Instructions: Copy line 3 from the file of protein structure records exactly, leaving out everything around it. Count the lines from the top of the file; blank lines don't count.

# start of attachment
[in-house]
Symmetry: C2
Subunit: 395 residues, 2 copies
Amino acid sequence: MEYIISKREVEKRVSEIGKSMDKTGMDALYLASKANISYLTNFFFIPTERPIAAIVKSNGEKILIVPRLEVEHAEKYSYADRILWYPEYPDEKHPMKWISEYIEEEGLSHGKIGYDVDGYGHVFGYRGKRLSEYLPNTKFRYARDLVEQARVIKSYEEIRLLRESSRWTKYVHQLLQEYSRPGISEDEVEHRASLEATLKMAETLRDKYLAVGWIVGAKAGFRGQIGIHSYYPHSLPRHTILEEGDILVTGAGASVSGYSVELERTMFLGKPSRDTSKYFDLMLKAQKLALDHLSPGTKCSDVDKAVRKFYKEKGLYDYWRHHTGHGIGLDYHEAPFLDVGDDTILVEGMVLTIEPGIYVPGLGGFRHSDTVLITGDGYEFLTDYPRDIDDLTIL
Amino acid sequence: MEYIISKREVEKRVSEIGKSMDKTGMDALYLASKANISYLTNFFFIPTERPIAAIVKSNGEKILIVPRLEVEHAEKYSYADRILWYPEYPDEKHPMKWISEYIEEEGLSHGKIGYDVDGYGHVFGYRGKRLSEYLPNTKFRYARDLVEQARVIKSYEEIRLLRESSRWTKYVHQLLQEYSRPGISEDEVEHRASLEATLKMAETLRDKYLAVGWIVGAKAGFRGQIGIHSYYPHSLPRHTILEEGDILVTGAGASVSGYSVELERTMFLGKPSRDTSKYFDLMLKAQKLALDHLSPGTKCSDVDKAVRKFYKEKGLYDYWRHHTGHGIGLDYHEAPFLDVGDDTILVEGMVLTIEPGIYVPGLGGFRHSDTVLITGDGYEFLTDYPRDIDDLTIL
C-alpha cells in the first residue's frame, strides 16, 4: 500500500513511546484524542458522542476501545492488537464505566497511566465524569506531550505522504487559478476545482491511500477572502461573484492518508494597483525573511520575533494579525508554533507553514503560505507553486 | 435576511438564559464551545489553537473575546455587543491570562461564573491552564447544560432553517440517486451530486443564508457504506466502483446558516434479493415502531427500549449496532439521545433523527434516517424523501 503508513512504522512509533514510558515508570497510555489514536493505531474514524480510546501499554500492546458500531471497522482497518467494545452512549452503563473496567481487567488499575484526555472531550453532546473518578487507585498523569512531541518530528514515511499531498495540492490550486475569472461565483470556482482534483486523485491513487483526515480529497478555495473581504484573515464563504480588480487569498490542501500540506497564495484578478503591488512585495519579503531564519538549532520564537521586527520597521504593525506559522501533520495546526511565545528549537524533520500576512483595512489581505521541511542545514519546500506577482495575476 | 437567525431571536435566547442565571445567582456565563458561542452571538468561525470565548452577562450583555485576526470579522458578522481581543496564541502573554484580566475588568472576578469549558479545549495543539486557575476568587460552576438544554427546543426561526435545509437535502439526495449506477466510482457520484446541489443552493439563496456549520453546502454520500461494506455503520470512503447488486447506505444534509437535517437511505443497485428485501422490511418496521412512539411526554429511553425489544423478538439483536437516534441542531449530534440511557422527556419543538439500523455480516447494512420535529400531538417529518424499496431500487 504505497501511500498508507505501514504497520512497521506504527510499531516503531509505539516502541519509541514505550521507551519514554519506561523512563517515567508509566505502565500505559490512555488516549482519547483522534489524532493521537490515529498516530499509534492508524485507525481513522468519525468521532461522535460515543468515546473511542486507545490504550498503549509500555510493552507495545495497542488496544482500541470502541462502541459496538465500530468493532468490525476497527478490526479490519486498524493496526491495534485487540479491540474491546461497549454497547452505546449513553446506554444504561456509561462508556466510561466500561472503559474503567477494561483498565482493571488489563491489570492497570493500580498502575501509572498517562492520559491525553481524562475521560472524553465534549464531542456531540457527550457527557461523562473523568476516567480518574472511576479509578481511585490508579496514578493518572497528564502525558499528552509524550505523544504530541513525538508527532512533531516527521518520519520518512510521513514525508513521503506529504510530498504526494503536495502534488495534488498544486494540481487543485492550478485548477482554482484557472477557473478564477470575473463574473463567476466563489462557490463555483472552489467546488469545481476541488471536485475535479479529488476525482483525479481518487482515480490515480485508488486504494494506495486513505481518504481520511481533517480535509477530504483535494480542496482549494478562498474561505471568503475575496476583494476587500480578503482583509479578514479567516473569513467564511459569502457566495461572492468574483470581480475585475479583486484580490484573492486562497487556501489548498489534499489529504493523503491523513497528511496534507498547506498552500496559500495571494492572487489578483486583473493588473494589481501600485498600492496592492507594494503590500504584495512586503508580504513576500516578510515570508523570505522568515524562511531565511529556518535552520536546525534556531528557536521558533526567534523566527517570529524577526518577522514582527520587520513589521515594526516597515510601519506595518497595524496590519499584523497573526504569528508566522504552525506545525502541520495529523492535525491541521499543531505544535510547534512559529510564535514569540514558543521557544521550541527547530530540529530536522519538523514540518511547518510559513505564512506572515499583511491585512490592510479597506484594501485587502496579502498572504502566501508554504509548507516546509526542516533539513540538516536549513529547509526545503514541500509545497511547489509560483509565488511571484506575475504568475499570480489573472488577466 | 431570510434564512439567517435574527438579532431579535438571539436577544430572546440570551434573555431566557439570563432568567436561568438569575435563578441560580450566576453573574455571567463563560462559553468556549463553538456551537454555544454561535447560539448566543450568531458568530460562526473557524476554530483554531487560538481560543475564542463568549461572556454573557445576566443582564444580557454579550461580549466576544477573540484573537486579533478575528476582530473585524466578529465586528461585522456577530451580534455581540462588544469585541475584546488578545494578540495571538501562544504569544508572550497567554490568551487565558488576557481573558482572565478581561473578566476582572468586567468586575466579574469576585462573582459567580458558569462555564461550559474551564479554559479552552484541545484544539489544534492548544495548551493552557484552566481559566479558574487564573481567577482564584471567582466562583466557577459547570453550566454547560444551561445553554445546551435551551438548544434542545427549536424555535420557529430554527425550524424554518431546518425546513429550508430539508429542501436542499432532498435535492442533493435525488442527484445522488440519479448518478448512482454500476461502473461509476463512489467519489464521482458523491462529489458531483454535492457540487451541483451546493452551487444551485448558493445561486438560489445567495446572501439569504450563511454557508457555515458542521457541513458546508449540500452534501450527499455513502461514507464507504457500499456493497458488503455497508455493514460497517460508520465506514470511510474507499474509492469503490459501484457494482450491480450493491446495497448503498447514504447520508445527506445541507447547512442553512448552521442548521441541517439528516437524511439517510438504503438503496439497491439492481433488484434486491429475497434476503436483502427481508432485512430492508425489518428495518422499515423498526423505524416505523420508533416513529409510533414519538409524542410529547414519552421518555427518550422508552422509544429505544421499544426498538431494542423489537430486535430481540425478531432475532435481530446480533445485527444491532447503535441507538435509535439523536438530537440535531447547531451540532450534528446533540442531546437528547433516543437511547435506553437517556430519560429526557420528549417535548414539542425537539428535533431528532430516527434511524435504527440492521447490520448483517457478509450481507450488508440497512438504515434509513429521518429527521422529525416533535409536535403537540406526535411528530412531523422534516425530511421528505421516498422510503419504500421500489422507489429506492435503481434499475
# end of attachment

Subunit: 395 residues, 2 copies